I’ve been a freelance manager, project manager and consultant since 2011 delivering a broad range of services for clients ranging from a Local Authority, Registered Social Housing provider, other consultancy organisations, a University, and Community Organisations. I managed Gwynedd Werdd, leading on the commissioning and management of research to measure the economic potential of renewable energy in Gwynedd. This commission directly led to the establishment of the northwest Wales Community Energy Network and my host organisation Datblygiadau Egni Gwledig (DEG). I’m Wales Community Advisor for the Plunkett Foundation and Co-ordinator for Enterprising Solutions providing advice to communities about developing community-owned enterprises. I’ve been involved in business planning for community owned enterprises throughout Wales including the redevelopment of the Cletwr services near Machynlleth which now hosts a successful community-owned shop and café in a new eco-friendly building developed by the community at a cost of £750,000. I’ve also been involved in assessing feasibility for a number of community energy initiatives including business planning at Harlech Sustainable Energy, Neuadd y Pentref Pwllglas, and North Wales Wildlife Trust. I’m a Director of YnNi Teg, YnNi Llyn, Community Energy Wales and DEG and despite being originally from Australia, I’m able to work through both Welsh and English.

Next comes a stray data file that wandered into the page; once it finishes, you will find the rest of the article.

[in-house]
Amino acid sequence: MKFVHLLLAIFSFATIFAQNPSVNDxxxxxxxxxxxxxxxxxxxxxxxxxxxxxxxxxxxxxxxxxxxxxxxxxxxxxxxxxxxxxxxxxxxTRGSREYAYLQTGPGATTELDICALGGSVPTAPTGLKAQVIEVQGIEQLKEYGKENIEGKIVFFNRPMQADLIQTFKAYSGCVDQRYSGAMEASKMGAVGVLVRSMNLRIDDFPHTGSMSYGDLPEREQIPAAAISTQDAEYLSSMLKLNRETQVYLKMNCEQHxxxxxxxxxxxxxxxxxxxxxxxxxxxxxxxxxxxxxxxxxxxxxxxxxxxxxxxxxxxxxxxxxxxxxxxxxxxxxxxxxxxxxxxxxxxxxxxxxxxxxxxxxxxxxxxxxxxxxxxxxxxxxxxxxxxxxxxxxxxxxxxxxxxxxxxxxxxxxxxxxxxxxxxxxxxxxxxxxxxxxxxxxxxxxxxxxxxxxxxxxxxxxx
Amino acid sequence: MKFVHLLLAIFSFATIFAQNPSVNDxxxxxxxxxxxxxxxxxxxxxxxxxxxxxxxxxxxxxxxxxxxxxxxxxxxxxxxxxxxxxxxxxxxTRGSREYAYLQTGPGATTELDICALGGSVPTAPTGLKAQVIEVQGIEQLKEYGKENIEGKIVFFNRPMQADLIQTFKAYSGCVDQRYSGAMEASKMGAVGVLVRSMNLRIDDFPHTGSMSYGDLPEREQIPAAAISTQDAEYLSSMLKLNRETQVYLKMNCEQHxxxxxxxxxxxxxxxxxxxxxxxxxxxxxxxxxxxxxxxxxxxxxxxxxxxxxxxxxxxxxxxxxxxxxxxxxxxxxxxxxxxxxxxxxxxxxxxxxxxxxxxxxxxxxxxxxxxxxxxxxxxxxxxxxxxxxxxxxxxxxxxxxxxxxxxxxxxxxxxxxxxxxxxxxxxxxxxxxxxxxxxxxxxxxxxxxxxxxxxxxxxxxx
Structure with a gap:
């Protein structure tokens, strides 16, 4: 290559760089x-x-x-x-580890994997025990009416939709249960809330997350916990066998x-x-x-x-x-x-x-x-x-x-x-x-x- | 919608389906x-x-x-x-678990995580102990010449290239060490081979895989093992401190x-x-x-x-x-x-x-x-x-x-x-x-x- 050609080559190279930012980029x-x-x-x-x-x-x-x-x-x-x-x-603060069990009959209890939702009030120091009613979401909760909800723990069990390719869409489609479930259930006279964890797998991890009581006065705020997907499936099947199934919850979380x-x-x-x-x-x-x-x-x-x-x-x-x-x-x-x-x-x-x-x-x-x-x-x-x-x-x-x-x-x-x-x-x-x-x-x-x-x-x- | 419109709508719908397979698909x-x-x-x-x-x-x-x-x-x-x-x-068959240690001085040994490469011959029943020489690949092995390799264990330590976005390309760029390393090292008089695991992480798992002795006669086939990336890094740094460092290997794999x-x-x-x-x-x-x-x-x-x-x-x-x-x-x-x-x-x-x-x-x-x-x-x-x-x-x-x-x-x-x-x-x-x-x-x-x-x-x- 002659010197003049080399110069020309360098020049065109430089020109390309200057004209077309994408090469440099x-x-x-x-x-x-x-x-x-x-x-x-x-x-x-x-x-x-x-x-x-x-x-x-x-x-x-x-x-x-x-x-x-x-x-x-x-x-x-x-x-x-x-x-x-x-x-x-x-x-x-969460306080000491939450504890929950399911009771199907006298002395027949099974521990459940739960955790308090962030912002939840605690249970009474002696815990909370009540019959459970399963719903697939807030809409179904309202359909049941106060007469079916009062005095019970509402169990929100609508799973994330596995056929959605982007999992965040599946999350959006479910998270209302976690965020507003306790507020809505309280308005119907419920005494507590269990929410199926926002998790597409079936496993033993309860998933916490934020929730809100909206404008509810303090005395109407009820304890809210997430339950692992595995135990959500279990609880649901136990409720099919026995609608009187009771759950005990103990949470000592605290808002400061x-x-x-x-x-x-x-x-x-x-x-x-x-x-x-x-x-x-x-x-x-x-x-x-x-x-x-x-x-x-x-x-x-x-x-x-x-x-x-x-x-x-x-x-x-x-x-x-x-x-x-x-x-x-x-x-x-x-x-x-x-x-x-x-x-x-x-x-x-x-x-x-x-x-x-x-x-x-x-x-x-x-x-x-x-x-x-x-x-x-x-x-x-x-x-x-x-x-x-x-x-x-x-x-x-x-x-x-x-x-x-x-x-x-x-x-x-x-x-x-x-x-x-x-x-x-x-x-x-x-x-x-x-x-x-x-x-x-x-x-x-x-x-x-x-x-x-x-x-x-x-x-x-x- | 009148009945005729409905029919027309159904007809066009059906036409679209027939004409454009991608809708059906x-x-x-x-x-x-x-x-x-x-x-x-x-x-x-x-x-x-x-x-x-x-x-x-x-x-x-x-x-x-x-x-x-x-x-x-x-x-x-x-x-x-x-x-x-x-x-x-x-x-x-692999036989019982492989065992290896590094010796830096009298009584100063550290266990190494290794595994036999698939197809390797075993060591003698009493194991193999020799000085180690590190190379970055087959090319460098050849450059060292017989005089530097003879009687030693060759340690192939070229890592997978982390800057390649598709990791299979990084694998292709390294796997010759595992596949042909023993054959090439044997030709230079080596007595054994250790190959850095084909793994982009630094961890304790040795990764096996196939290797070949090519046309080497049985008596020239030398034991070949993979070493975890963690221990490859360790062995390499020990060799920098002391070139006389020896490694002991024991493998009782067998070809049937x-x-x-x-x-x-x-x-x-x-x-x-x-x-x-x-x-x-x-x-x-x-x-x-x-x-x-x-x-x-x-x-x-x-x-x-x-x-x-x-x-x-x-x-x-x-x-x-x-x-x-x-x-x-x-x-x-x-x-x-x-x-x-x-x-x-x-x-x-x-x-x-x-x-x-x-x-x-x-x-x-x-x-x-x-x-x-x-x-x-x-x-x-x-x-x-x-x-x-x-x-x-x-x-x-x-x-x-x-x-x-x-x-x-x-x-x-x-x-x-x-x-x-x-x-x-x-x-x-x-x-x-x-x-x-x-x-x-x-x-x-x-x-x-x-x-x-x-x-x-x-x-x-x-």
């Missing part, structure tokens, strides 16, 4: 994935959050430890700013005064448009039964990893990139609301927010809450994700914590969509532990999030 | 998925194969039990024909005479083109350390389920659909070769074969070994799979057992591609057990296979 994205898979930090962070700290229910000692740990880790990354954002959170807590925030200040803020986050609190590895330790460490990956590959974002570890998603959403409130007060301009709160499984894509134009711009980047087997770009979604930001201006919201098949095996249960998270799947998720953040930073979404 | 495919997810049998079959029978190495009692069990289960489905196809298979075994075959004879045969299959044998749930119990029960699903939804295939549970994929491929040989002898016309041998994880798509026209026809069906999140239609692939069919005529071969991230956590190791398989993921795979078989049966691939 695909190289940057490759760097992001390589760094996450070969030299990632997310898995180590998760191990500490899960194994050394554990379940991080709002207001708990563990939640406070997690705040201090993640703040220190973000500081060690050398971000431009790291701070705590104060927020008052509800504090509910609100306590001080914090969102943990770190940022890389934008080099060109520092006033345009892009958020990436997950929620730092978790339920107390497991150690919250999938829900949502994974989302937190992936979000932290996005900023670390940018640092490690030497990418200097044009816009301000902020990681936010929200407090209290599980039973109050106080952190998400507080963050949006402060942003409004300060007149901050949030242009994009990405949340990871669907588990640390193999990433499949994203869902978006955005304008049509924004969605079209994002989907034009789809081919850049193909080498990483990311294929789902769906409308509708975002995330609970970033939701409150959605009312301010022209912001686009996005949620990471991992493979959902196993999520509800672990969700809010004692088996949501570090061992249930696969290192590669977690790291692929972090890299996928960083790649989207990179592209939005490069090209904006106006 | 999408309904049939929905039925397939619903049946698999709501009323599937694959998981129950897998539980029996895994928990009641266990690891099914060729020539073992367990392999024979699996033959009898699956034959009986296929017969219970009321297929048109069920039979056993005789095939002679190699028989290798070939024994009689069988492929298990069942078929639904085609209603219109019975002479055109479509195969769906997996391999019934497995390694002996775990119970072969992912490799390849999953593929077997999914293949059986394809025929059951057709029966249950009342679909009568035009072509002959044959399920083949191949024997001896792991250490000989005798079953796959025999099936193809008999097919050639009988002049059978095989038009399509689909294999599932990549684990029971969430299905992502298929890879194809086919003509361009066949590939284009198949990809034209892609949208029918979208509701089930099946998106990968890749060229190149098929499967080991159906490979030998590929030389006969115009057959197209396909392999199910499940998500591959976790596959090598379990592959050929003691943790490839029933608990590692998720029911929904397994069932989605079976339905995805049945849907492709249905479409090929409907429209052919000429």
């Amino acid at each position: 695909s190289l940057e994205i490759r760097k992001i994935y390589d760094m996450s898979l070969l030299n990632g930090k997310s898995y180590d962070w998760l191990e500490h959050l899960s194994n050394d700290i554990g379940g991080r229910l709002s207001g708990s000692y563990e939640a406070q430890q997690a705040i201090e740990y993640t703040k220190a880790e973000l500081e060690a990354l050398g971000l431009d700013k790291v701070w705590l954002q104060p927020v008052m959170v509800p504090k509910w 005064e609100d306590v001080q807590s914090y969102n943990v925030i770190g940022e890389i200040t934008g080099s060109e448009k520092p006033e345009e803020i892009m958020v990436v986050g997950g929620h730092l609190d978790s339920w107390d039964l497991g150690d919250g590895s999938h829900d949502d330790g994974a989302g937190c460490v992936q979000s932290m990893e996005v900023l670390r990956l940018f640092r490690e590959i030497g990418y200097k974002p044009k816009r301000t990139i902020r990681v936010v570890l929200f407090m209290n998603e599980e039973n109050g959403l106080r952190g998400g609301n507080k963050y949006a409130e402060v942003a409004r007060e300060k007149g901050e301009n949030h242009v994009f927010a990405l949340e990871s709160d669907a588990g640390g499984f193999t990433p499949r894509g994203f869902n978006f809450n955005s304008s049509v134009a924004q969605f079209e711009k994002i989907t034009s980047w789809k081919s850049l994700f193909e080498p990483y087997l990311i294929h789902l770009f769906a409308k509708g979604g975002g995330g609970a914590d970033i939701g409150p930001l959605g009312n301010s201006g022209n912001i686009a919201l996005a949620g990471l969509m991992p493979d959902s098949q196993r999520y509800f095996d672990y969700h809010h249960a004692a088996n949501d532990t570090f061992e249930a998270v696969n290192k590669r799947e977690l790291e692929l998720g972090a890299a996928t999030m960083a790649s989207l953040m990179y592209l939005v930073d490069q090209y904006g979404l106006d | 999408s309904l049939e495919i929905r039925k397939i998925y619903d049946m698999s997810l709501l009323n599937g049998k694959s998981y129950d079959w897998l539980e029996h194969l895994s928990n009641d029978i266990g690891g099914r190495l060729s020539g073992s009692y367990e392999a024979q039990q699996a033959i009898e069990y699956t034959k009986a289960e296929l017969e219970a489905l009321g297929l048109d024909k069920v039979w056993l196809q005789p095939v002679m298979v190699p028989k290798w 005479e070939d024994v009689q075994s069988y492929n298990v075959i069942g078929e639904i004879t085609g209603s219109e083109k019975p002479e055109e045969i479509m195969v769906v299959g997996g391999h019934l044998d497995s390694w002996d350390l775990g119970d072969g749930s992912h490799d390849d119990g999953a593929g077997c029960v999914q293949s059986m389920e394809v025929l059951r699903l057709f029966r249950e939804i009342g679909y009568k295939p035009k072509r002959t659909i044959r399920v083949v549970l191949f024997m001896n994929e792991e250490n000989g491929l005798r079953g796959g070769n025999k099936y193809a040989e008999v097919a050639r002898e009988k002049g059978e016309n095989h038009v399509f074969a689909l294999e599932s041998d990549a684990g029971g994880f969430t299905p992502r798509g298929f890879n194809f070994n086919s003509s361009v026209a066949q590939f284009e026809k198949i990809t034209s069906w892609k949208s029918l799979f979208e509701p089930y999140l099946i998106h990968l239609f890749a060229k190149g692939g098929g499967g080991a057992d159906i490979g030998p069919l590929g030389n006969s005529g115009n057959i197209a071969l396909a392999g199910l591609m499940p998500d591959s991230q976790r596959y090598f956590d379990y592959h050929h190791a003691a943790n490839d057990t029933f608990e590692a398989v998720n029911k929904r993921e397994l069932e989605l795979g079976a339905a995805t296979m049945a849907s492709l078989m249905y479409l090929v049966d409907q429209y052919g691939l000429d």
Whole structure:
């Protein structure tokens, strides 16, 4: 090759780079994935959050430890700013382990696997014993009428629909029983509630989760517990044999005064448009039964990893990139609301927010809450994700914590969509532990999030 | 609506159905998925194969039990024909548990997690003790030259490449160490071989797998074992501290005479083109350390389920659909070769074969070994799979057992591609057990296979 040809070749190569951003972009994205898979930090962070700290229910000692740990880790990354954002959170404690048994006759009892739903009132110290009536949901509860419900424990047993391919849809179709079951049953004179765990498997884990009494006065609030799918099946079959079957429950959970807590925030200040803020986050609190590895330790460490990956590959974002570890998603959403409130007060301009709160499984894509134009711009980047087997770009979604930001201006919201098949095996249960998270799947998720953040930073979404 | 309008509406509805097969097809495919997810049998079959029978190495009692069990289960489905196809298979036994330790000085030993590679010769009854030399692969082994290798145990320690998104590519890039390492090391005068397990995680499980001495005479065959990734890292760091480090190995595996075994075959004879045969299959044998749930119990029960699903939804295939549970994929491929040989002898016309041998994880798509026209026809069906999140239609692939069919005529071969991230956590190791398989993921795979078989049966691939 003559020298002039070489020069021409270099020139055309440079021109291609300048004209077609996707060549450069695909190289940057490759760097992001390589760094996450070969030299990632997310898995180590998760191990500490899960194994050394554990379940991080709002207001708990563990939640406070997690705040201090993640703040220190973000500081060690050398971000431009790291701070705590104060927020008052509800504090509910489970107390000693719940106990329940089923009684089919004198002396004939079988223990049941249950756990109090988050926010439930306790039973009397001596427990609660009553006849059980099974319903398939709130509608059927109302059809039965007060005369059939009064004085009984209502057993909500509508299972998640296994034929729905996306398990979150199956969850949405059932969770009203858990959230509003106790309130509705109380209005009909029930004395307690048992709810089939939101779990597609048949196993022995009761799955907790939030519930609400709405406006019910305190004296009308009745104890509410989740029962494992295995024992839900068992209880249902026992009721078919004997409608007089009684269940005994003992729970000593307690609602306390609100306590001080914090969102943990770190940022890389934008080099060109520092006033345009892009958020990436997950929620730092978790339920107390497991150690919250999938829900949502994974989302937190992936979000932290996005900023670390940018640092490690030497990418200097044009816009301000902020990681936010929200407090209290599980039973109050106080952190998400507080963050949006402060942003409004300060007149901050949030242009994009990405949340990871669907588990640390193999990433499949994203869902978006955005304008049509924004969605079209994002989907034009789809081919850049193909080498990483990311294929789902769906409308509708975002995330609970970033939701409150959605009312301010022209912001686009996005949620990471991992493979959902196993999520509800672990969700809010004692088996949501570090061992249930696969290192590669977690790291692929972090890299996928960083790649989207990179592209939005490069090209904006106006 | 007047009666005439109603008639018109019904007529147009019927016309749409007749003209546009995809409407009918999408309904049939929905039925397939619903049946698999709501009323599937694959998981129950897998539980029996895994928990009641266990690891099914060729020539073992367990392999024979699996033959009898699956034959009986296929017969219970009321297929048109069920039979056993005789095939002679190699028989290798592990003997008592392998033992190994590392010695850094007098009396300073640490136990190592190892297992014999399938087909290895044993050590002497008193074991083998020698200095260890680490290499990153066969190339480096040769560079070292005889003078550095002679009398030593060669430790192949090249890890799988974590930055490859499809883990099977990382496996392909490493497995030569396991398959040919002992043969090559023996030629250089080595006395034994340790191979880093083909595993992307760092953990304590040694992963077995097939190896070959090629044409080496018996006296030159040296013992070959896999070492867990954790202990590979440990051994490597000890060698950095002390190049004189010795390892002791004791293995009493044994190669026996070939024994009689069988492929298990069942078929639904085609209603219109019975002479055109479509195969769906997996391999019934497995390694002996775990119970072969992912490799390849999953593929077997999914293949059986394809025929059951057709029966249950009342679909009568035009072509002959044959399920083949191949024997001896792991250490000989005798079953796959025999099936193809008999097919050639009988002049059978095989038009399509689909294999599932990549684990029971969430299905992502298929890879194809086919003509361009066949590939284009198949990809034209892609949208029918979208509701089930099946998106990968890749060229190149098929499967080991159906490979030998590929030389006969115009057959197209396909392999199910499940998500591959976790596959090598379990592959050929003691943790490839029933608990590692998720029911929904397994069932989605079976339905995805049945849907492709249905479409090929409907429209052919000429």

Tell us about your ongoing work for Renew, and how it fits with your day job/other work.
I completed the initial feasibility study and business planning for YnNi Llyn and led on the conducting of Focus Groups for the research project “Understanding, Promoting and Supporting Community Energy in Rural Wales”. I’m also leading on two WEFO projects for Small Scale Renewable Energy worth £4m and am coordinating the roll-out of Energy Local throughout Wales as part of work with Community Energy Wales.
For me Renew Wales is an extension of all this work, allowing me to share experiences between groups and address the broader issue of climate change. Governments, local and national are not willing to make the urgent changes required to mitigate the effects of climate change. It has long been a mantra of environmentalists, but it seems even more important now than ever, to say “Think Global, Act Local”. It is essential that communities take responsibility into their own hands to make the changes required and build a world like we want and deserve.
What is your vision of your region in 2050?
In 2050, my kids will almost be my age now. I envisage them living in an area renowned for its environmental stewardship, known as a green landscape within a country reaping the benefits from 40 years of policy focus and action on sustainable development. Our rural areas will each have successful localised economies that form a broad network of supporting economies focused on retaining the benefit of our natural resources locally.
In 2050, Wales will recognise that sustainability of the natural environment, fulfilling employment opportunities and the Welsh language and culture are interlinked and this will bring about a renewed confidence in what we can achieve together.